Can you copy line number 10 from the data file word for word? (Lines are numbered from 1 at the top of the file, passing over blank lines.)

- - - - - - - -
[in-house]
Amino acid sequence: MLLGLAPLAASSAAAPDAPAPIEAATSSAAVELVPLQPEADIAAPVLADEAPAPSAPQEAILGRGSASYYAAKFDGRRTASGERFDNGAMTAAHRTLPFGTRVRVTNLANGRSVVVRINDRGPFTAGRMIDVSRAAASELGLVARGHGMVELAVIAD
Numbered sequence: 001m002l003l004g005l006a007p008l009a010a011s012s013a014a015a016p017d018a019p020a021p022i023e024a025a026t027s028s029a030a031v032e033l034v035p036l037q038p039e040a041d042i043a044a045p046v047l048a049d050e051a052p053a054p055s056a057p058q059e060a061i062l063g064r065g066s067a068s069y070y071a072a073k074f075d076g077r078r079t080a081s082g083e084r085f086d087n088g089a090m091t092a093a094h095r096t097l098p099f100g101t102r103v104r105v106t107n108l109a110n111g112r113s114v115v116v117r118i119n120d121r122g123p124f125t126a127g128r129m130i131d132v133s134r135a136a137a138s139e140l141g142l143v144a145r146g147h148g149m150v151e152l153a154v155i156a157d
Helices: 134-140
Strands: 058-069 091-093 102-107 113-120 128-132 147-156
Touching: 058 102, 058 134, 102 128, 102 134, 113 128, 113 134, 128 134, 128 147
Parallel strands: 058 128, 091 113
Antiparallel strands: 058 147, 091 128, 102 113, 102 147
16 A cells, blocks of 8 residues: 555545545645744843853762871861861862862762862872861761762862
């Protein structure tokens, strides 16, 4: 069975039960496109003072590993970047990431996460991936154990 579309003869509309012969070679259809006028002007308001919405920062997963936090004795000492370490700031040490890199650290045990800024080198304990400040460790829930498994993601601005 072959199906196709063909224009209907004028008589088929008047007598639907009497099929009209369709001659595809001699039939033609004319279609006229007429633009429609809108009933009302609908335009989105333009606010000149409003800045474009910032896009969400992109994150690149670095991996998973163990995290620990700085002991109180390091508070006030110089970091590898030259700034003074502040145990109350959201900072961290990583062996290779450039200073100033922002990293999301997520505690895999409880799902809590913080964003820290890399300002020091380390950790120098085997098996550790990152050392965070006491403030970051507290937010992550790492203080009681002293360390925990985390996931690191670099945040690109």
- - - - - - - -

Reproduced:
């Protein structure tokens, strides 16, 4: 069975039960496109003072590993970047990431996460991936154990 579309003869509309012969070679259809006028002007308001919405920062997963936090004795000492370490700031040490890199650290045990800024080198304990400040460790829930498994993601601005 072959199906196709063909224009209907004028008589088929008047007598639907009497099929009209369709001659595809001699039939033609004319279609006229007429633009429609809108009933009302609908335009989105333009606010000149409003800045474009910032896009969400992109994150690149670095991996998973163990995290620990700085002991109180390091508070006030110089970091590898030259700034003074502040145990109350959201900072961290990583062996290779450039200073100033922002990293999301997520505690895999409880799902809590913080964003820290890399300002020091380390950790120098085997098996550790990152050392965070006491403030970051507290937010992550790492203080009681002293360390925990985390996931690191670099945040690109």